X-Message-Number: 12344
Date: Sun, 29 Aug 1999 14:14:16 EDT
Subject: more on motivation

In connection with some good questions from Shakehip, Thomas Donaldson wrote:

>To say that we want pleasure means very little, since pleasure is what we 
get when >we get what we want, and no other good definition exists. 

No. A short reply is probably of little use, but still:

What we "want" is not necessarily pleasure, and the definition of "pleasure" 
is not in words but in biology. Pleasure is a (still unknown) 
anatomical/physiological configuration (or set of such) of or in what I call 
the "self circuit," the portion(s) or aspect(s) of the brain or its functions 
that underlies feeling and awareness. 

What we "want" at the most basic level is to gain or retain feel-good, to 
lose or prevent feel-bad. What we "ought" to want (what ought to motivate us) 
is the same, or whatever will lead to that, or to feel-good expressed at a 
higher level to include such things as problem-solving, music appreciation, 
and so on, if conflicts can be resolved.  

But what we "want" as expressed in action, or at certain levels of mentation, 
is often quite different. Habits, training, even mere slogans can substitute 
for more appropriate motivation at the level of overt response. This is 100% 
obvious. Contrary to what Thomas said, when we get what we (think we) want, 
we don't necessarily feel pleasure. Mere means can in effect become ends, 
with the ends forgotten. Total confusion is more the rule than the exception, 
but we are beginning to acquire the tools to end the confusion.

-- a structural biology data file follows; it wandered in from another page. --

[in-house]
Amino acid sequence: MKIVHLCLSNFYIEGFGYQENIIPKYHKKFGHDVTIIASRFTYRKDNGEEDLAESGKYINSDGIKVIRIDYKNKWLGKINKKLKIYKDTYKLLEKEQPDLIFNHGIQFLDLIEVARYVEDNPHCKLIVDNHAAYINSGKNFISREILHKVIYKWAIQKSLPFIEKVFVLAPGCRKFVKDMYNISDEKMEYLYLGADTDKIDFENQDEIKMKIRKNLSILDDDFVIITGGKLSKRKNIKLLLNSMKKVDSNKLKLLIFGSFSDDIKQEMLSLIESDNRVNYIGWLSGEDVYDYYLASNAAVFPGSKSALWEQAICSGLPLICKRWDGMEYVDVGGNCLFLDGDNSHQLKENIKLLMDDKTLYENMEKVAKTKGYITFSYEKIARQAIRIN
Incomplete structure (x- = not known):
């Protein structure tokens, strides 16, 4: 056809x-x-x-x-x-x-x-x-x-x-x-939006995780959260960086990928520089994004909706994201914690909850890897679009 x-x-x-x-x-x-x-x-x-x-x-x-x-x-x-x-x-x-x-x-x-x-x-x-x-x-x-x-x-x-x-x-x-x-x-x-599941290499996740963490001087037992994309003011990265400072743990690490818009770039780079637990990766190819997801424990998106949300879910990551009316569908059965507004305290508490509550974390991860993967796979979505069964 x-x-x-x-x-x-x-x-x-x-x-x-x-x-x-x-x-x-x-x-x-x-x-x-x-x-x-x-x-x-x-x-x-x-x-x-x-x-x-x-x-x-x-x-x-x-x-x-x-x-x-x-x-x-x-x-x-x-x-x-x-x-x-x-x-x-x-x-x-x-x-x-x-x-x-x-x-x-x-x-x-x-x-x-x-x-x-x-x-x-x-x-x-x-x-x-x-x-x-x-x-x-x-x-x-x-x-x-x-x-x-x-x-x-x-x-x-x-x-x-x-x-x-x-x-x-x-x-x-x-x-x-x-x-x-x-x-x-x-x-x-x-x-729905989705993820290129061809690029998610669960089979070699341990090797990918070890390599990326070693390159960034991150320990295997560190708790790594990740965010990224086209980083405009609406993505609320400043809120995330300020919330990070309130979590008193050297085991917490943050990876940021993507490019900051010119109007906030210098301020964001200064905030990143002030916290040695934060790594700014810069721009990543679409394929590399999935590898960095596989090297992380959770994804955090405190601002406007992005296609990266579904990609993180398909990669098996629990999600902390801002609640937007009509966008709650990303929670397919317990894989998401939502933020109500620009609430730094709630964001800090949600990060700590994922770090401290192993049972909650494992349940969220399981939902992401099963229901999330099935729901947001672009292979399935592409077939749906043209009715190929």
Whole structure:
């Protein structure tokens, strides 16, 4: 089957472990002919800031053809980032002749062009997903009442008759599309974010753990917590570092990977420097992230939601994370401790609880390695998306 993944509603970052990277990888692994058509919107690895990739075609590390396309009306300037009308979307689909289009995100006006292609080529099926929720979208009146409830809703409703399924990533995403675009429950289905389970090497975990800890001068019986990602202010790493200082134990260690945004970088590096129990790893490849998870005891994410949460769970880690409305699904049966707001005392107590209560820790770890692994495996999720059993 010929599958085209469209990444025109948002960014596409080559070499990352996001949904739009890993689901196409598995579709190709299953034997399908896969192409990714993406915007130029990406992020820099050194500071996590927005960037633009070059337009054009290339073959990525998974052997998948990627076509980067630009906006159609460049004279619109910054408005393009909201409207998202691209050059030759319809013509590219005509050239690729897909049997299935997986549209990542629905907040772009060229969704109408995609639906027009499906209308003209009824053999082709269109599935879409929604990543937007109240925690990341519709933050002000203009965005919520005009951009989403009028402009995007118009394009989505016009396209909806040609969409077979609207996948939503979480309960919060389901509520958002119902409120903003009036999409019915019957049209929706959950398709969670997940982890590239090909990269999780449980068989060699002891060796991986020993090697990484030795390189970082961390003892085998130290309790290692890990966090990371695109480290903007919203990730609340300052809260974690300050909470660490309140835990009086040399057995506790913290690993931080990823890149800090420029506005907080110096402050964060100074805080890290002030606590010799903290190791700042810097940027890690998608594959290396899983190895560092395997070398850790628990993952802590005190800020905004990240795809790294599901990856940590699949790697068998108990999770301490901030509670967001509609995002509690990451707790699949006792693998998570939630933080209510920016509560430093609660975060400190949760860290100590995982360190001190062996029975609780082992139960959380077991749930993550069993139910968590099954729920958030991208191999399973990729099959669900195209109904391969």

>People have put up with a very great deal in order to continue living, often 
in >situations that almost no one would describe as pleasurable. (Yes, some 
people >LIKE living in severe pain and all the rest, but few cryonicists fit 
that description. >They want to live because their desire for life is 
fundamental to their selfhood)

Not exactly. The survival instinct is highly overrated in modern conditions, 
but on the biological level, in lower organisms, it is congruent with 
pleasure/pain. The activities that tend to provide pleasure or avoid pain 
(approaching good smells, retreating from bad smells etc.) are the same ones 
that promote survival and procreation.  

Humans have developed many levels of means and ends, with intricate 
interrelationships. Again, evolutionary pressures have assured that most 
people, most of the time, will not willlingly accept death even if the future 
looks totally black. Suicide usually requires courage. At the same time, 
martyrdom beckons to some, because a fanaticism syndrome has become the 
effective center of motivation at the conscious level. (Of course, only the 
enemy are fanatics; we are patriots or upholders of honor and virtue-and 
resolving that issue is another long story.) 

Unless you are confused, you just don't understand the situation. Ergo, keep 
your options open-stick around, and have some fun while you're doing it. 
That's cryonics.

Robert Ettinger
Cryonics Institute
Immortalist Society

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